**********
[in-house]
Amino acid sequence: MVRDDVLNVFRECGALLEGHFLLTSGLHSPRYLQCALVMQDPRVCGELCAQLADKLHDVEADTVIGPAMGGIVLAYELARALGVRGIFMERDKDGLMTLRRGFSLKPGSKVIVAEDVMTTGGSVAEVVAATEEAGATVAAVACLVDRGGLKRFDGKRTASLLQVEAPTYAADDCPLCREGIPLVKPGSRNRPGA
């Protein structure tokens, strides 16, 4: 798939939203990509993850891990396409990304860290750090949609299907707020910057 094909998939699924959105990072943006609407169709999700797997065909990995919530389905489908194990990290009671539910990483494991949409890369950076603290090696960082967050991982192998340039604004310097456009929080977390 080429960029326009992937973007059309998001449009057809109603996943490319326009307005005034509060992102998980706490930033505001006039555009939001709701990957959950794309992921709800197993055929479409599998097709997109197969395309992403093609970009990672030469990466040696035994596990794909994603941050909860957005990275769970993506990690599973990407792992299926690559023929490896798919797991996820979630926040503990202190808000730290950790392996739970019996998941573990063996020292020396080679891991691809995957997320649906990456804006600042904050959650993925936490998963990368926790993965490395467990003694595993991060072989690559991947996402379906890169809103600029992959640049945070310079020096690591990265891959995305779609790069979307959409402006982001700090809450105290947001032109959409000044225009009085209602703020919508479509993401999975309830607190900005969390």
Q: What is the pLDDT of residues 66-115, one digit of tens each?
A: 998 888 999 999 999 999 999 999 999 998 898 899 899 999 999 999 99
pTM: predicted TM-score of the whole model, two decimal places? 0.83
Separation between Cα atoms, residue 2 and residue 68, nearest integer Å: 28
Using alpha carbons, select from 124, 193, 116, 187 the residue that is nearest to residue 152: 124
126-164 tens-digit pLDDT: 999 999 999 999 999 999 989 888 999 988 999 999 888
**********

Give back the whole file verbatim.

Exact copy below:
[in-house]
Amino acid sequence: MVRDDVLNVFRECGALLEGHFLLTSGLHSPRYLQCALVMQDPRVCGELCAQLADKLHDVEADTVIGPAMGGIVLAYELARALGVRGIFMERDKDGLMTLRRGFSLKPGSKVIVAEDVMTTGGSVAEVVAATEEAGATVAAVACLVDRGGLKRFDGKRTASLLQVEAPTYAADDCPLCREGIPLVKPGSRNRPGA
């Protein structure tokens, strides 16, 4: 798939939203990509993850891990396409990304860290750090949609299907707020910057 094909998939699924959105990072943006609407169709999700797997065909990995919530389905489908194990990290009671539910990483494991949409890369950076603290090696960082967050991982192998340039604004310097456009929080977390 080429960029326009992937973007059309998001449009057809109603996943490319326009307005005034509060992102998980706490930033505001006039555009939001709701990957959950794309992921709800197993055929479409599998097709997109197969395309992403093609970009990672030469990466040696035994596990794909994603941050909860957005990275769970993506990690599973990407792992299926690559023929490896798919797991996820979630926040503990202190808000730290950790392996739970019996998941573990063996020292020396080679891991691809995957997320649906990456804006600042904050959650993925936490998963990368926790993965490395467990003694595993991060072989690559991947996402379906890169809103600029992959640049945070310079020096690591990265891959995305779609790069979307959409402006982001700090809450105290947001032109959409000044225009009085209602703020919508479509993401999975309830607190900005969390």
Q: What is the pLDDT of residues 66-115, one digit of tens each?
A: 998 888 999 999 999 999 999 999 999 998 898 899 899 999 999 999 99
pTM: predicted TM-score of the whole model, two decimal places? 0.83
Separation between Cα atoms, residue 2 and residue 68, nearest integer Å: 28
Using alpha carbons, select from 124, 193, 116, 187 the residue that is nearest to residue 152: 124
126-164 tens-digit pLDDT: 999 999 999 999 999 999 989 888 999 988 999 999 888